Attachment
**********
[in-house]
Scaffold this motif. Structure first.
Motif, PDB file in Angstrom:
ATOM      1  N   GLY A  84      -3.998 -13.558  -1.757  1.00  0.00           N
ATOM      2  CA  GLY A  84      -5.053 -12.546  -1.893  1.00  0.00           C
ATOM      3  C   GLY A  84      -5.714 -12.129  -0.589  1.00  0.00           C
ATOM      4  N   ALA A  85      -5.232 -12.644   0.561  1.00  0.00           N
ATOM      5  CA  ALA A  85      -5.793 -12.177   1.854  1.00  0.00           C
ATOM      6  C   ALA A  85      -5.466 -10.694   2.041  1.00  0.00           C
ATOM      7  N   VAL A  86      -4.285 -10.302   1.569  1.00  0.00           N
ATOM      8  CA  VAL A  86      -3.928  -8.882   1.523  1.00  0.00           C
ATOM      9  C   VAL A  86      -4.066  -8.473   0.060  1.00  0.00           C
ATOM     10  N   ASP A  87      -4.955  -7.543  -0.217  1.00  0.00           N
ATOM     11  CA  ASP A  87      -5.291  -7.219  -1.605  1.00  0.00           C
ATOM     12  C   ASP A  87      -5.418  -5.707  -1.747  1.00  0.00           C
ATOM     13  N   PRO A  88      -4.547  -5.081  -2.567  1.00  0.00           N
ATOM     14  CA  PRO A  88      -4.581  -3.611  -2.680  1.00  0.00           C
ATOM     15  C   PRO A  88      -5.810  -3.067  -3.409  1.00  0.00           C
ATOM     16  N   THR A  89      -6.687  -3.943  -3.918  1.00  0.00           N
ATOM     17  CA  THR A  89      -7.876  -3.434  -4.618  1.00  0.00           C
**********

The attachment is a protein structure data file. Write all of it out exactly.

[in-house]
Scaffold this motif. Structure first.
Motif, PDB file in Angstrom:
ATOM      1  N   GLY A  84      -3.998 -13.558  -1.757  1.00  0.00           N
ATOM      2  CA  GLY A  84      -5.053 -12.546  -1.893  1.00  0.00           C
ATOM      3  C   GLY A  84      -5.714 -12.129  -0.589  1.00  0.00           C
ATOM      4  N   ALA A  85      -5.232 -12.644   0.561  1.00  0.00           N
ATOM      5  CA  ALA A  85      -5.793 -12.177   1.854  1.00  0.00           C
ATOM      6  C   ALA A  85      -5.466 -10.694   2.041  1.00  0.00           C
ATOM      7  N   VAL A  86      -4.285 -10.302   1.569  1.00  0.00           N
ATOM      8  CA  VAL A  86      -3.928  -8.882   1.523  1.00  0.00           C
ATOM      9  C   VAL A  86      -4.066  -8.473   0.060  1.00  0.00           C
ATOM     10  N   ASP A  87      -4.955  -7.543  -0.217  1.00  0.00           N
ATOM     11  CA  ASP A  87      -5.291  -7.219  -1.605  1.00  0.00           C
ATOM     12  C   ASP A  87      -5.418  -5.707  -1.747  1.00  0.00           C
ATOM     13  N   PRO A  88      -4.547  -5.081  -2.567  1.00  0.00           N
ATOM     14  CA  PRO A  88      -4.581  -3.611  -2.680  1.00  0.00           C
ATOM     15  C   PRO A  88      -5.810  -3.067  -3.409  1.00  0.00           C
ATOM     16  N   THR A  89      -6.687  -3.943  -3.918  1.00  0.00           N
ATOM     17  CA  THR A  89      -7.876  -3.434  -4.618  1.00  0.00           C